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Providence can't stand up to Panthers

Volleyball: Pioneers swept from CIF quarterfinals, as Pasadena Poly's height pays dividends.

May 14, 2011|By Jeff Tully, jeff.tully@latimes.com

PASADENA — A distinct difference between Providence High and Pasadena Poly was evident prior to teams' CIF Southern Section Division V boys' volleyball quarterfinal playoff match Saturday.

The Panthers boast six players who are 6-feet-2 or taller, including 6-4 junior outside hitter Michael Saeta, who is headed to Stanford. In contrast, the Pioneers took the floor with just one player over 6-2.

Although No. 4 Providence was in all three of its games late, it had no answer for Saeta, and as a result, suffered a 25-21, 26-24, 25-22 defeat against the fifth-seeded Panthers at Pasadena Poly.

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It was the first time the Pioneers (16-7) — the runner-up in the Liberty League — advanced to the quarterfinals since 2007. Coincidently, the Pioneers fell in the semifinals that year to Viewpoint, which was coached by Mike Talamantes, who now coaches Pasadena Poly.

Providence coach Josh Eggleston said the height differential between his team and Pasadena Poly (16-7) — No. 2 from the Prep League — was distinctive.

"We brought a gymnastics team to a volleyball game," Eggleston said. "That's why we don't put our heights on our [roster].

"But we knew they were going to be a lot biggest than we are, and we were hoping that we would be able to deal with that."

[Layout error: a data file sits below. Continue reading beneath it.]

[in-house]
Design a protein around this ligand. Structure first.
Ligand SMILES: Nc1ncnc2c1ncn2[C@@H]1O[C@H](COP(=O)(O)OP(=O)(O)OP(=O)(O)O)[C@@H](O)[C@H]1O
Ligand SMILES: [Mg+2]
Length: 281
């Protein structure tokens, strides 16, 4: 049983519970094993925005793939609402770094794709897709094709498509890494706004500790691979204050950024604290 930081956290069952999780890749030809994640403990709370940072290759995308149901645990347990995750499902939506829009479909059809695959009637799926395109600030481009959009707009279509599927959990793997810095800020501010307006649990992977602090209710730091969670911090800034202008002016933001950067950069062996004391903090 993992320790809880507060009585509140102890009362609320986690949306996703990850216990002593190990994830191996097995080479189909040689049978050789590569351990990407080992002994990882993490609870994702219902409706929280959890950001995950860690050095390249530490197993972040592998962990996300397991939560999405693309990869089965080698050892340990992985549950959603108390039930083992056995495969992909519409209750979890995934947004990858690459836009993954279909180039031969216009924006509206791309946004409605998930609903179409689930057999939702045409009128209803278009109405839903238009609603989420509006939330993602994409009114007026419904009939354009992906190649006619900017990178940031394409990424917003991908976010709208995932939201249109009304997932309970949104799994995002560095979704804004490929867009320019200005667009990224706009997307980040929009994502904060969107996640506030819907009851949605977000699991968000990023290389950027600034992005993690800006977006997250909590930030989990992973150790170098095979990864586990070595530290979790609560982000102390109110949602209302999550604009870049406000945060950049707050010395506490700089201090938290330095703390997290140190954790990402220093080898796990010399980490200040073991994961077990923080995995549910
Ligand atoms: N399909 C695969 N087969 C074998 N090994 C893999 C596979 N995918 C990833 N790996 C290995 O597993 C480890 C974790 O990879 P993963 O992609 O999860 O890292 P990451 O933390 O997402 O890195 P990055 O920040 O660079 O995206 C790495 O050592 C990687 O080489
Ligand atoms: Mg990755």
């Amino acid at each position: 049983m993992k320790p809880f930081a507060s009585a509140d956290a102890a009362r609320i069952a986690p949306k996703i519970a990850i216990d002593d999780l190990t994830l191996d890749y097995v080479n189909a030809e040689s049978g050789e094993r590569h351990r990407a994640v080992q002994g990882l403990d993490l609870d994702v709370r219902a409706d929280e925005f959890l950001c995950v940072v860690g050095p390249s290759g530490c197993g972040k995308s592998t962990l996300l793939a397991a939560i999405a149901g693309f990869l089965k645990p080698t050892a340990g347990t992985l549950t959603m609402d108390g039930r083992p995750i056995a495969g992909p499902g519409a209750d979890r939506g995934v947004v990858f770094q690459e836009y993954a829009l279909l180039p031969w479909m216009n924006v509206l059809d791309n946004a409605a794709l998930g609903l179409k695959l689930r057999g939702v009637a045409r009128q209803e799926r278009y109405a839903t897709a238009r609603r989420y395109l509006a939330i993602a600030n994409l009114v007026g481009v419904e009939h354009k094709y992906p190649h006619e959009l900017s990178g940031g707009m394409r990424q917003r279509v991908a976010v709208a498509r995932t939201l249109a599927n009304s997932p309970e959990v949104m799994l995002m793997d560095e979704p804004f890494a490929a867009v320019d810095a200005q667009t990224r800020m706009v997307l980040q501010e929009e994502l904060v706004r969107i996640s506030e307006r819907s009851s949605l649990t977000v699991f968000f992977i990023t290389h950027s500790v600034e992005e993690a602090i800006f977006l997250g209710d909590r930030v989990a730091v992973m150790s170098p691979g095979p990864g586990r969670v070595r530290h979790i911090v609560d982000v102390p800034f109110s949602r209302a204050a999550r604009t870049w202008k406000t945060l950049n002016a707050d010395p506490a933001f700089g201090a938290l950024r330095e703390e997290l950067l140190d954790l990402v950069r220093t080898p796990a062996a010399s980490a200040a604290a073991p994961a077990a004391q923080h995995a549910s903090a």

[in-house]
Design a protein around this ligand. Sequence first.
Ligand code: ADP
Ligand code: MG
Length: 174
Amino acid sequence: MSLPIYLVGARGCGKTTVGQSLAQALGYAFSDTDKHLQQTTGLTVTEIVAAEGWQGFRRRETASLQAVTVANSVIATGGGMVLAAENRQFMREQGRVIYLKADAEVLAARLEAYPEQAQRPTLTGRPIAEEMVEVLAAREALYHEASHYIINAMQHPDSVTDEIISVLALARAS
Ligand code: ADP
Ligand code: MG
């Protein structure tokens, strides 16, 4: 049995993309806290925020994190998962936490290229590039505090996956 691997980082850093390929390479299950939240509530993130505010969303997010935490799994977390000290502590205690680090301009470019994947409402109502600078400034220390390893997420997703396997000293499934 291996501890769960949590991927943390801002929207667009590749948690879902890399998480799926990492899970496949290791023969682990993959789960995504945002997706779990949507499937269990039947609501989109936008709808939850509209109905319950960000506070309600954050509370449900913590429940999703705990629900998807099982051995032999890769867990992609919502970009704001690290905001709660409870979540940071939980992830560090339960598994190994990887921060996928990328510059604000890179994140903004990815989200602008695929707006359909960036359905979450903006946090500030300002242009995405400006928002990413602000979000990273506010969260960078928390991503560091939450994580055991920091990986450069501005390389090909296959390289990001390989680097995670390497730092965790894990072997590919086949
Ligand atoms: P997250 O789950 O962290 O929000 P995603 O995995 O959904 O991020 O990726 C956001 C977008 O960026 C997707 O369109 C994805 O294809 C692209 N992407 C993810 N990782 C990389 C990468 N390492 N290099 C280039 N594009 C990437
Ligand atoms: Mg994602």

Eggleston also realized that his team would have its hands full with Saeta. But try as they might, the left-hander was almost unstoppable. He ended with a match-high 27 kills, and often came up with big points when the Panthers needed them.

"We spent almost all of our practice Friday working on ways to stop him," Eggleston said. "Hey, but he's a very good player…he's headed to Stanford."

Providence was led by Kris Galvez, who had eight kills. Teammate Phil Harvey added six kills.

Although his team suffered a sweep, Eggleston said he believed the Pioneers could have won the contest.

"That's the frustrating part," he said. "This is definitely a game that we think we could have won. We did have some ball-control problems, and that hurt us. I think if we played [Pasadena Poly] tomorrow we would win it."

The Pioneers never led in the opening game, but clawed their way back from a six-point deficit to get within one of the lead, 22-21, on a block from Providence's Jackson Saldana. However, the Panthers responded to the challenge by winning the game's final three points.

After being down again in the second game, Providence fought its way back to grab a 12-11 lead. But again Pasadena Poly rallied and took back control of the game at 14-13.

Despite trailing late in the second, the Pioneers never let the lead get too out of hand. As a result, they put on a rally of their own to tie the score at 24 on a Panthers hitting error. But Pasadena Poly was able to put the game away following a Providence net violation and a kill from Saeta.

Providence held its latest lead of the match deep into the third game, 18-17, following a Chester Bosworth kill. But the Panthers regained the lead at 19-18 and maintained the one-point advantage, 23-22. The Pioneers just couldn't erase the advantage and Pasadena Poly was able to complete the sweep.

"I told the kids to hold their heads up, and they had nothing to be ashamed of," Eggleston said. "They put together a very good season, and they should be proud of that."

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